Arts and Culture
This paper discusses how artists, architects and local community people have collaborated together to regenerate an “environmental aesthetics” of everyday life since the late 1990s that embodies and reflects the specificity of local culture, history and geography in the context of Taiwan where systematic urbanization has had a very negative impact in different areas. Depending on time and location these practices have taken an array of different shapes and names: “social sculpture”, “new genre public art”, “community art”, “participatory art”, “environmental art”, “dialogical art”, “relational aesthetics”, or “socially engaged art practice.” Taiwanese artists certainly share with their European counterparts the same values about the critical dimension of art in everyday life. However, one sizeable difference lies in the influence of Confucianism. Artists in Taiwan are truly thought to have the responsibility to improve society.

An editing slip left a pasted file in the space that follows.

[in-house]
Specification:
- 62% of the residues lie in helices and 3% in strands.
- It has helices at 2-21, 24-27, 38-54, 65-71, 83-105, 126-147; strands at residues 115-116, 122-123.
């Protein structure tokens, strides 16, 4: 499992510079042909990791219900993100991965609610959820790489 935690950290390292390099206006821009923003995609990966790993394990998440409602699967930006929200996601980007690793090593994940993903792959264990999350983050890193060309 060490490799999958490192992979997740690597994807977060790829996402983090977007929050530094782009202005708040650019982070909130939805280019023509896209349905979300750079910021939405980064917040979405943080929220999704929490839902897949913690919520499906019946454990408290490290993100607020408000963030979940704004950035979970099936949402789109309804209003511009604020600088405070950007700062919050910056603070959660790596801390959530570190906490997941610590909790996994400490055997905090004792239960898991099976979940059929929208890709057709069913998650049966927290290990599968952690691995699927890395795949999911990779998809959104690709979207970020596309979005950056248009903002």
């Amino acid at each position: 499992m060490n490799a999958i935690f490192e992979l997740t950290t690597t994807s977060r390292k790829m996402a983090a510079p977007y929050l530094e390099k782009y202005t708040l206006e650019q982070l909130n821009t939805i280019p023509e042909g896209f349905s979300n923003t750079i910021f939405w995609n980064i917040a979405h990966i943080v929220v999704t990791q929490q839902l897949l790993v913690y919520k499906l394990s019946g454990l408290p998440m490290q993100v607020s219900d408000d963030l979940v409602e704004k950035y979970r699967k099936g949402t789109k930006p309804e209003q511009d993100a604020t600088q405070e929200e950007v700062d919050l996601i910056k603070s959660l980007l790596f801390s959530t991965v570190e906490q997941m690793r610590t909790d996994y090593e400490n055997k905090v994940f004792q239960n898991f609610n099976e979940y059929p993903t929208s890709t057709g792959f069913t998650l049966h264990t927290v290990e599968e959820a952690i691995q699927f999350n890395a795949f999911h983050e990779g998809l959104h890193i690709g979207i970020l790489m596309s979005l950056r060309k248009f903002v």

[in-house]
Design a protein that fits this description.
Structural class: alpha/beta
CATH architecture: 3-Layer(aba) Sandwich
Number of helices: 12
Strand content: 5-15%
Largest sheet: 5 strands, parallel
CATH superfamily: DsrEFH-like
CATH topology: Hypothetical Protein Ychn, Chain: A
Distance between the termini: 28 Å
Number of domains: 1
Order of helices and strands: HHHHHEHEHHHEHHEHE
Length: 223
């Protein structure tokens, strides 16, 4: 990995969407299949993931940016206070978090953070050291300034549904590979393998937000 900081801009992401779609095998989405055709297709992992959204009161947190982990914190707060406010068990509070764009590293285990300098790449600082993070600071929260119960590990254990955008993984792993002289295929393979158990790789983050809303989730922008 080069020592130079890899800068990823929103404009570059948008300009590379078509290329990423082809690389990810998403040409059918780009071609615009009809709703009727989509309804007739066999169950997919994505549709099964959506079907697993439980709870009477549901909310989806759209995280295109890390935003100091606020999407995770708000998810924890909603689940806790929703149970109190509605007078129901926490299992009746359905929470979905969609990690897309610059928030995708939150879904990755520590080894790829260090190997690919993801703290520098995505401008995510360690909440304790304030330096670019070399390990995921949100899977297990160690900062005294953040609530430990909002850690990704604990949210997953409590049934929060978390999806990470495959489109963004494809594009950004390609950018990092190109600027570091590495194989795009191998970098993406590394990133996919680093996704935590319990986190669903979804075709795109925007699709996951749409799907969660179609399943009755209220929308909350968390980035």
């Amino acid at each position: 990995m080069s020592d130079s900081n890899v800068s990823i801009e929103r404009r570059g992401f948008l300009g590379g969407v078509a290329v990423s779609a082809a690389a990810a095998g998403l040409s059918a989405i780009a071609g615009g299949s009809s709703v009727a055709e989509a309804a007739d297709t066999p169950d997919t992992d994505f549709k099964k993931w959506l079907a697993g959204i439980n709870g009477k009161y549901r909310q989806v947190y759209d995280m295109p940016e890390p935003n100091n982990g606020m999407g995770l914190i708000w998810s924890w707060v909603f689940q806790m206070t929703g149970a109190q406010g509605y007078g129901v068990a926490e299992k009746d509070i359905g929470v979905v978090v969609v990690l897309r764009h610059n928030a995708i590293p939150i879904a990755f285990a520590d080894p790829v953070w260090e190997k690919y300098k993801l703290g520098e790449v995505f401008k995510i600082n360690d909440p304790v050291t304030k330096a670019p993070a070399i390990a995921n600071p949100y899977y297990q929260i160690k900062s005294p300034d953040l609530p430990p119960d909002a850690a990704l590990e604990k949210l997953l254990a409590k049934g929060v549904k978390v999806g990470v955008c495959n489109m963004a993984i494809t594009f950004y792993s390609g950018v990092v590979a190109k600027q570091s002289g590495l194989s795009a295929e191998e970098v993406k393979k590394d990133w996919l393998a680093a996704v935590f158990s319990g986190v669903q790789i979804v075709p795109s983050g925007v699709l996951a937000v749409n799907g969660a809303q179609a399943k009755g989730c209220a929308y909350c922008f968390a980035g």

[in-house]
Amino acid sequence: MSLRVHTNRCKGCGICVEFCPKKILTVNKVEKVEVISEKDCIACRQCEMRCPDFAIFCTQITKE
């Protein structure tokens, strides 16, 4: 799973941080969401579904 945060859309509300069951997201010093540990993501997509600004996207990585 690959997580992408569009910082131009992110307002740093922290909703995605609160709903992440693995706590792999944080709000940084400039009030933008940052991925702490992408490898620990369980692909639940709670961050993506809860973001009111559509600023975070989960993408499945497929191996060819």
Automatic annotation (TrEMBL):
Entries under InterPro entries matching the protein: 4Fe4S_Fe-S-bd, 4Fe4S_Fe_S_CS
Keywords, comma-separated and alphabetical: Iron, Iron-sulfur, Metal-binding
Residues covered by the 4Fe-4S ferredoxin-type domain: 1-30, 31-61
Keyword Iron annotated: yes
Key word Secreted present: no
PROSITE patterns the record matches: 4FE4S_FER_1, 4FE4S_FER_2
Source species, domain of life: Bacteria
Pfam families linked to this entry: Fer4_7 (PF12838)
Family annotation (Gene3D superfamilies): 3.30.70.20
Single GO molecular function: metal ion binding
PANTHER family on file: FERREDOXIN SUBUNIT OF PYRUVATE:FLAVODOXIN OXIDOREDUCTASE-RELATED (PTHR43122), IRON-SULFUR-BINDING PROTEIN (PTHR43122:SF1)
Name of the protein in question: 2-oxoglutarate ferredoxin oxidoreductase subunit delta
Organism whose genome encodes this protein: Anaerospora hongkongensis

Such projects focusing on social art practices are rewarding for participants for they open questions for dialogues and give educational opportunities; they invite participants to consider critical issues related to their own community. A closer look into socially engaged art projects will allow us to appraise the social effectiveness of such projects, their “awakening” capability as regards both human and natural environmental issues, and their relational dimension in particular within the context of tensions between globalization and localization. Finally, we will have to ask whether these social art practices have succeeded in showing the way for sustainable development through community governance on environmental issues as well as through revivals of local cultures and life-styles.